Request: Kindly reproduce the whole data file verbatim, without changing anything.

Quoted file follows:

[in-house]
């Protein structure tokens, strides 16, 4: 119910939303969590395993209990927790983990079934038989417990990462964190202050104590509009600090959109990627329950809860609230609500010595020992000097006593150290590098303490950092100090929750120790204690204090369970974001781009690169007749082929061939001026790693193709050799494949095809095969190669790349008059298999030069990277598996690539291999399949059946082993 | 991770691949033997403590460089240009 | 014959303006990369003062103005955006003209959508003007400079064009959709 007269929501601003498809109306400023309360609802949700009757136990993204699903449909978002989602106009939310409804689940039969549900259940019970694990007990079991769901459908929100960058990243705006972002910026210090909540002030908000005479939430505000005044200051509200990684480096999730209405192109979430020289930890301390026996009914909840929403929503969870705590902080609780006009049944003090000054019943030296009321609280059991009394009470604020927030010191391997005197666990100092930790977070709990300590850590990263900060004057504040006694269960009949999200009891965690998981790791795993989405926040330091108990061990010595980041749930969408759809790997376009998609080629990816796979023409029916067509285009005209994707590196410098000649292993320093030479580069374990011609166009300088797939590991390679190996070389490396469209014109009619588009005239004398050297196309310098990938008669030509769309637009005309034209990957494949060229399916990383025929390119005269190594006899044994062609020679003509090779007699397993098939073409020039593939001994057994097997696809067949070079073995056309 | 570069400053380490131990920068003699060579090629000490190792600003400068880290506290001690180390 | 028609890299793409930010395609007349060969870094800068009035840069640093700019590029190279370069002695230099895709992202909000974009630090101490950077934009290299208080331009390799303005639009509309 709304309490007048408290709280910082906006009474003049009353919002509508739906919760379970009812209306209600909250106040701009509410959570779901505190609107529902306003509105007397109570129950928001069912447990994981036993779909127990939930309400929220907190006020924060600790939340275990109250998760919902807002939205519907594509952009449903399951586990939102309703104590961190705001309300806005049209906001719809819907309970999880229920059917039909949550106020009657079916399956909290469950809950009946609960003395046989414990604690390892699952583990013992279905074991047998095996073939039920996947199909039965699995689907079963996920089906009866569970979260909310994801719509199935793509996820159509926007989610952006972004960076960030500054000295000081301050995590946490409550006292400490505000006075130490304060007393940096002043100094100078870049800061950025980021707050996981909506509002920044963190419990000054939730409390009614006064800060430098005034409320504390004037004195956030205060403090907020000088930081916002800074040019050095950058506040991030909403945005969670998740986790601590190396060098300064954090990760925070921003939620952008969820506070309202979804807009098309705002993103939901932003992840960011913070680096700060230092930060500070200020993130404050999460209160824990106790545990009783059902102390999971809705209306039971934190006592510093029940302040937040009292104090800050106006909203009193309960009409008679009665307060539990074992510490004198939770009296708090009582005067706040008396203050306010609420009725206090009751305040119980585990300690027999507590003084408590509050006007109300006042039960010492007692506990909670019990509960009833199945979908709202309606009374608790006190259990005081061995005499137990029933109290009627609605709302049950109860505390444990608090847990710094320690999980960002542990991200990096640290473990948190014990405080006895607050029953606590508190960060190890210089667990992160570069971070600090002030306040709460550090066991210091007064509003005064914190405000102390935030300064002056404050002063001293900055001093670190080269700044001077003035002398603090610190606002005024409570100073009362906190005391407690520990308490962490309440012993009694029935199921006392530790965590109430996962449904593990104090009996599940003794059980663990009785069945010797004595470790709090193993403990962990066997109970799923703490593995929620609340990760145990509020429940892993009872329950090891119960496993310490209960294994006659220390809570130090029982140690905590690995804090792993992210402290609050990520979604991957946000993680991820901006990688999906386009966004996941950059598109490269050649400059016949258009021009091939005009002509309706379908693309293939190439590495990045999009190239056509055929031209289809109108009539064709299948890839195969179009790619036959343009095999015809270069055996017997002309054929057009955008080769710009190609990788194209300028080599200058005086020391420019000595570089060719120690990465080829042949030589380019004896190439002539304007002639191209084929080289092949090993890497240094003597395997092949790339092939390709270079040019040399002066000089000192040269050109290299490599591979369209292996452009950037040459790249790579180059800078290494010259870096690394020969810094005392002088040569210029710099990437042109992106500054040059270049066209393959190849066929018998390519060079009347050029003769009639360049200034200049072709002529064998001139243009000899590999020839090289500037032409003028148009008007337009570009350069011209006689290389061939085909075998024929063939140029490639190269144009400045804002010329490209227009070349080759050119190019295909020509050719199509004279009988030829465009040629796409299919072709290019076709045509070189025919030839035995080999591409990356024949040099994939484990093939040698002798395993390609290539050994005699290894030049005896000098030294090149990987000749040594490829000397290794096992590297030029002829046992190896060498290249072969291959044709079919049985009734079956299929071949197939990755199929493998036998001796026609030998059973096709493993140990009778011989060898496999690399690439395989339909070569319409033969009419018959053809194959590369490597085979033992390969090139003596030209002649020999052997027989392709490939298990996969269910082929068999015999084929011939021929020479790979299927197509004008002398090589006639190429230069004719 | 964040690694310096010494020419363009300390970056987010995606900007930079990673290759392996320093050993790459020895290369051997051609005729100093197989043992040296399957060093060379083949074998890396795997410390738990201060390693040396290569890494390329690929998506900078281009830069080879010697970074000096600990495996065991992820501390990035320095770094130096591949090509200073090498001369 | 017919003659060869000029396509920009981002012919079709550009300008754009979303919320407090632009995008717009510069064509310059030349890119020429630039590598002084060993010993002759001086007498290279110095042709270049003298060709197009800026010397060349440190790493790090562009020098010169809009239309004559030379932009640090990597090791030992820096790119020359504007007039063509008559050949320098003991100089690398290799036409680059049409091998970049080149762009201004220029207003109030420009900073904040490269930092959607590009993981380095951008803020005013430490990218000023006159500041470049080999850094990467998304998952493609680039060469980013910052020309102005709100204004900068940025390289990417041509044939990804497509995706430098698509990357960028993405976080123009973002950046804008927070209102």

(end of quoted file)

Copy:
[in-house]
């Protein structure tokens, strides 16, 4: 119910939303969590395993209990927790983990079934038989417990990462964190202050104590509009600090959109990627329950809860609230609500010595020992000097006593150290590098303490950092100090929750120790204690204090369970974001781009690169007749082929061939001026790693193709050799494949095809095969190669790349008059298999030069990277598996690539291999399949059946082993 | 991770691949033997403590460089240009 | 014959303006990369003062103005955006003209959508003007400079064009959709 007269929501601003498809109306400023309360609802949700009757136990993204699903449909978002989602106009939310409804689940039969549900259940019970694990007990079991769901459908929100960058990243705006972002910026210090909540002030908000005479939430505000005044200051509200990684480096999730209405192109979430020289930890301390026996009914909840929403929503969870705590902080609780006009049944003090000054019943030296009321609280059991009394009470604020927030010191391997005197666990100092930790977070709990300590850590990263900060004057504040006694269960009949999200009891965690998981790791795993989405926040330091108990061990010595980041749930969408759809790997376009998609080629990816796979023409029916067509285009005209994707590196410098000649292993320093030479580069374990011609166009300088797939590991390679190996070389490396469209014109009619588009005239004398050297196309310098990938008669030509769309637009005309034209990957494949060229399916990383025929390119005269190594006899044994062609020679003509090779007699397993098939073409020039593939001994057994097997696809067949070079073995056309 | 570069400053380490131990920068003699060579090629000490190792600003400068880290506290001690180390 | 028609890299793409930010395609007349060969870094800068009035840069640093700019590029190279370069002695230099895709992202909000974009630090101490950077934009290299208080331009390799303005639009509309 709304309490007048408290709280910082906006009474003049009353919002509508739906919760379970009812209306209600909250106040701009509410959570779901505190609107529902306003509105007397109570129950928001069912447990994981036993779909127990939930309400929220907190006020924060600790939340275990109250998760919902807002939205519907594509952009449903399951586990939102309703104590961190705001309300806005049209906001719809819907309970999880229920059917039909949550106020009657079916399956909290469950809950009946609960003395046989414990604690390892699952583990013992279905074991047998095996073939039920996947199909039965699995689907079963996920089906009866569970979260909310994801719509199935793509996820159509926007989610952006972004960076960030500054000295000081301050995590946490409550006292400490505000006075130490304060007393940096002043100094100078870049800061950025980021707050996981909506509002920044963190419990000054939730409390009614006064800060430098005034409320504390004037004195956030205060403090907020000088930081916002800074040019050095950058506040991030909403945005969670998740986790601590190396060098300064954090990760925070921003939620952008969820506070309202979804807009098309705002993103939901932003992840960011913070680096700060230092930060500070200020993130404050999460209160824990106790545990009783059902102390999971809705209306039971934190006592510093029940302040937040009292104090800050106006909203009193309960009409008679009665307060539990074992510490004198939770009296708090009582005067706040008396203050306010609420009725206090009751305040119980585990300690027999507590003084408590509050006007109300006042039960010492007692506990909670019990509960009833199945979908709202309606009374608790006190259990005081061995005499137990029933109290009627609605709302049950109860505390444990608090847990710094320690999980960002542990991200990096640290473990948190014990405080006895607050029953606590508190960060190890210089667990992160570069971070600090002030306040709460550090066991210091007064509003005064914190405000102390935030300064002056404050002063001293900055001093670190080269700044001077003035002398603090610190606002005024409570100073009362906190005391407690520990308490962490309440012993009694029935199921006392530790965590109430996962449904593990104090009996599940003794059980663990009785069945010797004595470790709090193993403990962990066997109970799923703490593995929620609340990760145990509020429940892993009872329950090891119960496993310490209960294994006659220390809570130090029982140690905590690995804090792993992210402290609050990520979604991957946000993680991820901006990688999906386009966004996941950059598109490269050649400059016949258009021009091939005009002509309706379908693309293939190439590495990045999009190239056509055929031209289809109108009539064709299948890839195969179009790619036959343009095999015809270069055996017997002309054929057009955008080769710009190609990788194209300028080599200058005086020391420019000595570089060719120690990465080829042949030589380019004896190439002539304007002639191209084929080289092949090993890497240094003597395997092949790339092939390709270079040019040399002066000089000192040269050109290299490599591979369209292996452009950037040459790249790579180059800078290494010259870096690394020969810094005392002088040569210029710099990437042109992106500054040059270049066209393959190849066929018998390519060079009347050029003769009639360049200034200049072709002529064998001139243009000899590999020839090289500037032409003028148009008007337009570009350069011209006689290389061939085909075998024929063939140029490639190269144009400045804002010329490209227009070349080759050119190019295909020509050719199509004279009988030829465009040629796409299919072709290019076709045509070189025919030839035995080999591409990356024949040099994939484990093939040698002798395993390609290539050994005699290894030049005896000098030294090149990987000749040594490829000397290794096992590297030029002829046992190896060498290249072969291959044709079919049985009734079956299929071949197939990755199929493998036998001796026609030998059973096709493993140990009778011989060898496999690399690439395989339909070569319409033969009419018959053809194959590369490597085979033992390969090139003596030209002649020999052997027989392709490939298990996969269910082929068999015999084929011939021929020479790979299927197509004008002398090589006639190429230069004719 | 964040690694310096010494020419363009300390970056987010995606900007930079990673290759392996320093050993790459020895290369051997051609005729100093197989043992040296399957060093060379083949074998890396795997410390738990201060390693040396290569890494390329690929998506900078281009830069080879010697970074000096600990495996065991992820501390990035320095770094130096591949090509200073090498001369 | 017919003659060869000029396509920009981002012919079709550009300008754009979303919320407090632009995008717009510069064509310059030349890119020429630039590598002084060993010993002759001086007498290279110095042709270049003298060709197009800026010397060349440190790493790090562009020098010169809009239309004559030379932009640090990597090791030992820096790119020359504007007039063509008559050949320098003991100089690398290799036409680059049409091998970049080149762009201004220029207003109030420009900073904040490269930092959607590009993981380095951008803020005013430490990218000023006159500041470049080999850094990467998304998952493609680039060469980013910052020309102005709100204004900068940025390289990417041509044939990804497509995706430098698509990357960028993405976080123009973002950046804008927070209102």